Objectives To construct a composite indicator of undernutrition, using anthropometric data, for estimating the prevalence of undernutrition in young children. Methods Developing a model by economist Peter Svedberg, a composite index of anthropometric failure (CIAF) is constructed, to measure the overall prevalence of undernutrition in young children. Anthropometric data are used from the second National Family Health Survey (NFHS-2) for India to compare the CIAF with three conventional indicators of undernutrition - stunting, wasting and underweight. The relationships between distinct sub-groups of anthropometric failure, poverty and morbidity are examined. Findings Conventional indices of undernutrition in young children provide varying estimates of prevalence. Based on NFHS-2 data, rates of stunting, wasting and underweight among children under 3 years old are 45%, 16% and 47% respectively. The CIAF shows a higher prevalence of undernutrition, with 60% of children suffering ‘anthropometric failure’. Children with multiple anthropometric failures show significantly greater risk of morbidity and are more likely to be from poorer households. Conclusion The CIAF provides a single, comprehensive indicator to estimate the prevalence of undernutrition. Conventional indices of stunting, wasting and underweight may provide underestimates. This has implications for governments, donor organisations and policy makers hoping to meet international targets to reduce undernutrition.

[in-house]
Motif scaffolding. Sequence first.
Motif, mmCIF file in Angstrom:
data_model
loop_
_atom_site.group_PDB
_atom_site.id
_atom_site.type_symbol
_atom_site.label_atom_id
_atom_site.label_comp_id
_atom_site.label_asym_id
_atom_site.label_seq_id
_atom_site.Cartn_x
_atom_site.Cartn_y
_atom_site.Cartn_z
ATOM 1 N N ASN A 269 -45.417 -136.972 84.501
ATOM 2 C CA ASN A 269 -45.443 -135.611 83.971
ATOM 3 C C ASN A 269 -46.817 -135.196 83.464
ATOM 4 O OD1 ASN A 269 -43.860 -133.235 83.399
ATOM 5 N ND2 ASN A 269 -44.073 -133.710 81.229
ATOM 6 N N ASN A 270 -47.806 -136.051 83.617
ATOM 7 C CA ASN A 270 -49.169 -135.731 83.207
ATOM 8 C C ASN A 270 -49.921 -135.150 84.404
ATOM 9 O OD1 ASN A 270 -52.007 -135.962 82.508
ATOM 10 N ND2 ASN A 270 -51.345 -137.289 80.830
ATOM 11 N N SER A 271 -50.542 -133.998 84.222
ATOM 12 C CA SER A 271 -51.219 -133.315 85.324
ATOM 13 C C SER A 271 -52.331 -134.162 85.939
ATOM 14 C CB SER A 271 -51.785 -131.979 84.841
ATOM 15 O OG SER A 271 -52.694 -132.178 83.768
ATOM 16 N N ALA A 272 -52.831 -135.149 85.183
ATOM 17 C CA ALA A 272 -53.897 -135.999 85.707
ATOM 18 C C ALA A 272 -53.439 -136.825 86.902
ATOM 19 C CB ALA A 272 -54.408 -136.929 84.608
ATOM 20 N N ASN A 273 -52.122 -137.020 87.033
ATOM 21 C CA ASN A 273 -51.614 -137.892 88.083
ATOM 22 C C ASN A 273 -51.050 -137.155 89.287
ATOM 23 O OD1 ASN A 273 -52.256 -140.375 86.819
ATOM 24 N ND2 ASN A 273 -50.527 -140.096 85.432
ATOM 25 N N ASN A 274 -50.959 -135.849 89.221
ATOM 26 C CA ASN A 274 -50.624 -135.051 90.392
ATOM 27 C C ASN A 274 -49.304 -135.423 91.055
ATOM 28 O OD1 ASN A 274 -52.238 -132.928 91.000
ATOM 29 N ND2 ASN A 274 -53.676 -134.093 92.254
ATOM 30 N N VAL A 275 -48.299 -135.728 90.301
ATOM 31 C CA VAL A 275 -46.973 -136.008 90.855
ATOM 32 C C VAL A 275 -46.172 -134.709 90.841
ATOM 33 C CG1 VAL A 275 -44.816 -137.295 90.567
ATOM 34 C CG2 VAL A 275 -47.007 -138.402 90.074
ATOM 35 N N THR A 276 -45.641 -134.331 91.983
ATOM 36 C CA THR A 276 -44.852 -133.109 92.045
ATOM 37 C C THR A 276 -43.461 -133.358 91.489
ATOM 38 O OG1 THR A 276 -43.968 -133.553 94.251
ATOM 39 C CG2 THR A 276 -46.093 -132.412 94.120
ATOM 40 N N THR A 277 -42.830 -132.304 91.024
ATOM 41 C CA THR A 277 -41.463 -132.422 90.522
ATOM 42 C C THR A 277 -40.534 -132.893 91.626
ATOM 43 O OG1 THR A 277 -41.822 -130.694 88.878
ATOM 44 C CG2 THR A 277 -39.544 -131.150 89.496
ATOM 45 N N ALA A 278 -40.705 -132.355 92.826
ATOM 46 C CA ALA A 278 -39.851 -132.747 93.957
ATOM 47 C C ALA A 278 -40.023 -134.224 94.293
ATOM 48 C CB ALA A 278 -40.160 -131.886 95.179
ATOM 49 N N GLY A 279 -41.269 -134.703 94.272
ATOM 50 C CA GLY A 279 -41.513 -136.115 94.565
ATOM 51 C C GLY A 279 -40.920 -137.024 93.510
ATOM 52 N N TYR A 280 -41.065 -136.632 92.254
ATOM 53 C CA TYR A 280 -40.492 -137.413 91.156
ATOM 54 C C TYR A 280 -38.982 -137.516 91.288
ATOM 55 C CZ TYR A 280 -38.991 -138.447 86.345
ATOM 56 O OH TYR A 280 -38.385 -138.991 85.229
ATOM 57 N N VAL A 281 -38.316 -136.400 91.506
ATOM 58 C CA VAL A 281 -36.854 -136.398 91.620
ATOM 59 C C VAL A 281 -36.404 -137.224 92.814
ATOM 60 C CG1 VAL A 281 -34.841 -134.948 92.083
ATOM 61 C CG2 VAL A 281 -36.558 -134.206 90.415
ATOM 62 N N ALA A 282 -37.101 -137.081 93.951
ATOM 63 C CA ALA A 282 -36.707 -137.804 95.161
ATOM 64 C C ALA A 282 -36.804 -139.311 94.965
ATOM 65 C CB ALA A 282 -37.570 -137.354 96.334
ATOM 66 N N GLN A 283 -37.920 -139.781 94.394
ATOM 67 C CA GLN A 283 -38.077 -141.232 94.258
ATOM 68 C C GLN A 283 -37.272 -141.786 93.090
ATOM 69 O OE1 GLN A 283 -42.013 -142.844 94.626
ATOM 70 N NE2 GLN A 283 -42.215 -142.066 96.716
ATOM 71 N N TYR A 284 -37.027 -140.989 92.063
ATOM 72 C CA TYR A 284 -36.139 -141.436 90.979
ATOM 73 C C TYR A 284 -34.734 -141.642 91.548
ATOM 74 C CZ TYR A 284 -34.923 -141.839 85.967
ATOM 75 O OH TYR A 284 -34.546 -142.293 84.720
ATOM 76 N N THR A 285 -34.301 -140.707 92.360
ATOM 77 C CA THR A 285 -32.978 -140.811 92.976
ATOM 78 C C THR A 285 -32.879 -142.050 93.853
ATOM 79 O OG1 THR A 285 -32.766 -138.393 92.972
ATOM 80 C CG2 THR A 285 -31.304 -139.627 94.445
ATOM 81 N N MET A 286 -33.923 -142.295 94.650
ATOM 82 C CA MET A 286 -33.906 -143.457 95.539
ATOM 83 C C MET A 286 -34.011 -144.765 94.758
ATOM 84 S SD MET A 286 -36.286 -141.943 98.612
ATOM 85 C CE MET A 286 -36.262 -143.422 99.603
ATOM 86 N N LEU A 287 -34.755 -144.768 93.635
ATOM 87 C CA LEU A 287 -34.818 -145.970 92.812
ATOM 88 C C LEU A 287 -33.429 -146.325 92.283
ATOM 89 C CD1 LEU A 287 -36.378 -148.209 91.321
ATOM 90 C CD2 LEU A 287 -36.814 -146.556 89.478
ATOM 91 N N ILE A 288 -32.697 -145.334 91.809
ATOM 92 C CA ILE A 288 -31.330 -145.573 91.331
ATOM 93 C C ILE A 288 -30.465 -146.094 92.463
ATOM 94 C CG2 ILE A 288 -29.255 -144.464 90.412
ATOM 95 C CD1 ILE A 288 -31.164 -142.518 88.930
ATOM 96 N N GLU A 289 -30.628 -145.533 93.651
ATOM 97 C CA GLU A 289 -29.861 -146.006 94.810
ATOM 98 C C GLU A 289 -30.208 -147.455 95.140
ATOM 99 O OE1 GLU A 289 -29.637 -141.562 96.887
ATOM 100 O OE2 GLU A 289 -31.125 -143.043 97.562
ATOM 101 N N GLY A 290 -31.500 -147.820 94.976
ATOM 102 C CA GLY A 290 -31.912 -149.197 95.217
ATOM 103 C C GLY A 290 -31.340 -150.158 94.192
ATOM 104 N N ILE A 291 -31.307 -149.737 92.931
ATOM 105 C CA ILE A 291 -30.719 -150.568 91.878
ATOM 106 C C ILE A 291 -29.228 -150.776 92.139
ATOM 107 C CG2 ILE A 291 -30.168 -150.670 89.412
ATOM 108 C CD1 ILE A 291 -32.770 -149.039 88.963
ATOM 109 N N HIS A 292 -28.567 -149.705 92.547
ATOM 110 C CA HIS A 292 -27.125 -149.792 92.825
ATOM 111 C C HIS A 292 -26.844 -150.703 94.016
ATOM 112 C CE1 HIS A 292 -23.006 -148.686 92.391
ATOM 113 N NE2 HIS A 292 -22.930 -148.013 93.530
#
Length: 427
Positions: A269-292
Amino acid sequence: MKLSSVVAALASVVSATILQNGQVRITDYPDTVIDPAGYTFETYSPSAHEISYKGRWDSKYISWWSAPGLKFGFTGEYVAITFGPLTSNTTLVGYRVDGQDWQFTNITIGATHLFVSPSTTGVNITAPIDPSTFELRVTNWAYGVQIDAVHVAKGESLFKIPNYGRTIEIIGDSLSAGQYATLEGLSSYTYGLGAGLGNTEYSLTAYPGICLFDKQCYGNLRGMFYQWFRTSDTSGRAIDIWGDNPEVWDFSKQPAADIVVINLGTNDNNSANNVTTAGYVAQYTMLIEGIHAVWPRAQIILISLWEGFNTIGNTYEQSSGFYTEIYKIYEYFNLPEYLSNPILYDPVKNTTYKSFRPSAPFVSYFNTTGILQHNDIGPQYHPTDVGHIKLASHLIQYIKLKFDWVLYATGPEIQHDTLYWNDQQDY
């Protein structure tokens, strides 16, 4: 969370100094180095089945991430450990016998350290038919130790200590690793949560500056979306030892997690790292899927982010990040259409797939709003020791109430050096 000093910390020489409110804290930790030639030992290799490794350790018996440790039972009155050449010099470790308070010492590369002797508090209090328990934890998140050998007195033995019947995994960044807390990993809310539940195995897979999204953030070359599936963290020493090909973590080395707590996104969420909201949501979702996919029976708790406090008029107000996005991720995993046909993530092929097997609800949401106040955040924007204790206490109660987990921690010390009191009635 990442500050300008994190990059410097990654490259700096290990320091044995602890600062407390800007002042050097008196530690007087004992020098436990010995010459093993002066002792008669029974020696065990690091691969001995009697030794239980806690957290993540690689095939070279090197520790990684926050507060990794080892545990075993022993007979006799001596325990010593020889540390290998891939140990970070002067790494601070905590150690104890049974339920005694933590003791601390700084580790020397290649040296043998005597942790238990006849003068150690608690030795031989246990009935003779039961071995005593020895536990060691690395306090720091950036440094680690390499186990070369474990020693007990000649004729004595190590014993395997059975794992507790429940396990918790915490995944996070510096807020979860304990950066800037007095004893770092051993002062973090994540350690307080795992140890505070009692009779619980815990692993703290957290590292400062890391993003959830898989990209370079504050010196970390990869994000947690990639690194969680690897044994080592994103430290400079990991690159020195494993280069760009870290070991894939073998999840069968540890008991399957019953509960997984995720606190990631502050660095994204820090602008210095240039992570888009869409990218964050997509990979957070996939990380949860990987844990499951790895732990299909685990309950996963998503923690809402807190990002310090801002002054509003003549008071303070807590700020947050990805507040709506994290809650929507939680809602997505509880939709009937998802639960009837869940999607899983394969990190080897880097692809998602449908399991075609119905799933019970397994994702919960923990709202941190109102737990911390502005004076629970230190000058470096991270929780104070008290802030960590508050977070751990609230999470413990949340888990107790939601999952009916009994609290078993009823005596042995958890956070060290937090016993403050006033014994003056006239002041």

|Translated title of the contribution||The Composite Index of Anthropometric Failure (CIAF): an alternative indicator of malnutrition in young children|
|Title of host publication||Handbook of Anthropometry: Physical Measures of Human Form in Health and Disease|
|Pages||127 - 138|
|Number of pages||11|
|Publication status||Published - 2012|